I’M FAIRLY SKILLED at paying as little attention as possible to sports news. I know just enough about football to have an idea about which teams might end up in the Super Bowl. I’m aware of where the 2010 World Cup will be played, and I know that Tiger Woods’ career is as good as over.
But when it comes to coverage of the Olympic Games, I’m all over it like cliches in bad writing. I follow all the major sporting events, but I especially like underrated ones like curling and the biathlon.
Leading up to any Olympic Games, there is always plenty of media coverage (remember the pollution problems in China?). The Olympics are, in many ways, a short-lived sports soap opera that drops in, engulfs our lives for a few weeks, then leaves quickly and quietly. I admit, I love every minute of the drama.
So goes the story in Vancouver, home of the 2010 Winter Olympic Games.
Last week, Whistler Ski Resort, the official alpine skiing venue for this year’s games, ran into financial problems and is scheduled to be auctioned off on February 19th. Though the owners of the property say it’s business as usual at Whistler, my guess is this has kept a few Olympic planners up at night thinking about back-up plans if the property goes bankrupt.
A more tangible problem for skiers is the lack of snow falling on the slopes. Cypress Mountain, located on Vancouver’s North Shore and site of the freestyle skiing and snowboarding events, has not had a particularly snowy season, and forecasters aren’t predicting any additional precipitation for the mountains prior to the Olympics.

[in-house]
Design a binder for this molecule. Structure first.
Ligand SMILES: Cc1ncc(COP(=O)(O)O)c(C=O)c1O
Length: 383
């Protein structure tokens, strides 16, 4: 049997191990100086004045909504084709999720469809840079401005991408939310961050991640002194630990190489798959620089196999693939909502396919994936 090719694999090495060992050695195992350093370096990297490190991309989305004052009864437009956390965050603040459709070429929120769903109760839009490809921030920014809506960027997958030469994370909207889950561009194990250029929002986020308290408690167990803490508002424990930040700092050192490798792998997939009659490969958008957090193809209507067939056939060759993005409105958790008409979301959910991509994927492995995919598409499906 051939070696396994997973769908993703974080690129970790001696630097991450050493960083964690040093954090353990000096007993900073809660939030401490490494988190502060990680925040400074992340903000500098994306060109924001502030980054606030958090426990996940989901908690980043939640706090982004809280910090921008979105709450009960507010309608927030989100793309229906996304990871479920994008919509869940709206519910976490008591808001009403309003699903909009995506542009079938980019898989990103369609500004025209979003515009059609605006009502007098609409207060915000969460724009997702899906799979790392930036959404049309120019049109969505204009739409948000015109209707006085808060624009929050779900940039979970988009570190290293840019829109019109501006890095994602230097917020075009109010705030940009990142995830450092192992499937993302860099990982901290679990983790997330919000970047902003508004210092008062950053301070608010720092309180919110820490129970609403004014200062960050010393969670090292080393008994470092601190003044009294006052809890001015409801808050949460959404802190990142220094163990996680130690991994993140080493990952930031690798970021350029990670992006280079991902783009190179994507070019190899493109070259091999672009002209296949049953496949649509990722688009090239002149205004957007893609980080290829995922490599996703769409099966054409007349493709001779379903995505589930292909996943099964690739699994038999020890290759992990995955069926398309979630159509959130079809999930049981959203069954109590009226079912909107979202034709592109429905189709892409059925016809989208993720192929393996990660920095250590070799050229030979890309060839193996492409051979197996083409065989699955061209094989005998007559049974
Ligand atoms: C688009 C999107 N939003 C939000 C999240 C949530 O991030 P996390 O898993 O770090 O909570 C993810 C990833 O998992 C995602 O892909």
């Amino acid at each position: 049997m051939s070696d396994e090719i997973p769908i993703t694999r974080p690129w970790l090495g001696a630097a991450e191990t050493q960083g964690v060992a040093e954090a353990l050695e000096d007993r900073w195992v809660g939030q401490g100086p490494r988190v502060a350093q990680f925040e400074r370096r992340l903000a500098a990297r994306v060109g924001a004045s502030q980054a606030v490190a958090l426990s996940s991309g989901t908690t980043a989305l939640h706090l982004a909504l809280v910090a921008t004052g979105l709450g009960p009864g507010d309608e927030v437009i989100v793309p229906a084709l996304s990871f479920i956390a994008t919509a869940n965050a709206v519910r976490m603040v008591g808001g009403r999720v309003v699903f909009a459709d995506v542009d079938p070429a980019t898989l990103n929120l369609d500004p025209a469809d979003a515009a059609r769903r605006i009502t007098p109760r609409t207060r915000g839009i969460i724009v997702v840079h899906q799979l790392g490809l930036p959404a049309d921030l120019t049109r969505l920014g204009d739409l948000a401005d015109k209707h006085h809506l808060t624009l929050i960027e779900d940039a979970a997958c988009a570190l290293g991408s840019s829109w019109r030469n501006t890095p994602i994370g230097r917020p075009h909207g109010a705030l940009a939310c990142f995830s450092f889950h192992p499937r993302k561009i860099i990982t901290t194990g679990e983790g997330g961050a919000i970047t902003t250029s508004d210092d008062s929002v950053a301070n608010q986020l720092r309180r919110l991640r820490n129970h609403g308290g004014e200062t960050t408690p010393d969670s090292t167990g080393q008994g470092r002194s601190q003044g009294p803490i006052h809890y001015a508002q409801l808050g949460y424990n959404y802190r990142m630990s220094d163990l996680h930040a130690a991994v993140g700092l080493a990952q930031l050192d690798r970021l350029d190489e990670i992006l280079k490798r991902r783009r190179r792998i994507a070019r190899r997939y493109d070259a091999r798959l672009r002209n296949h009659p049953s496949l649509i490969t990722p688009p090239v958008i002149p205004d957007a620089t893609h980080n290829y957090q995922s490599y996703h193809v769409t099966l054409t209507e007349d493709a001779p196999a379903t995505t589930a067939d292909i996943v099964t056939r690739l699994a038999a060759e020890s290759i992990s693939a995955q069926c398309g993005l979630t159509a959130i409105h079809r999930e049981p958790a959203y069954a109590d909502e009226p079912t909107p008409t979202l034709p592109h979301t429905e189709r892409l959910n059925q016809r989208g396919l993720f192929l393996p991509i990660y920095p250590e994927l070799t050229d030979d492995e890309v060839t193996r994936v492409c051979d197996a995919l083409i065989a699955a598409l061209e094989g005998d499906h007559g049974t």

So Plan B is in place: use straw and wood to build up courses, then cover the straw and wood with snow hauled in from other areas of the mountain. This could impact the ski cross and snowboard cross races because the technical nature of these sports relies on high jumps, which will be difficult to manipulate without natural snowfall.
But none of this matters if athletes don’t show up to compete, which is the situation a few skiers and snowboarders in Britain are facing. The British Ski and Snowboard Federation is also dealing with funding issues and could fold before the Olympic Games. This would leave 15 British athletes without membership in a federation, which is a requirement for Olympic athletes to compete. British Olympic officials are preparing a contigency plan for the athletes, but there is no guarantee the plan would satisfy the International Olympic Committee.
There are two sides to every story. In addition to bringing athletes together from around the world, the Olympic Games in Vancouver also has a dark side.
If you’re headed to the 2010 Olympic Games in Vancouver, Canada, here are some hints on how to find free accommodations.
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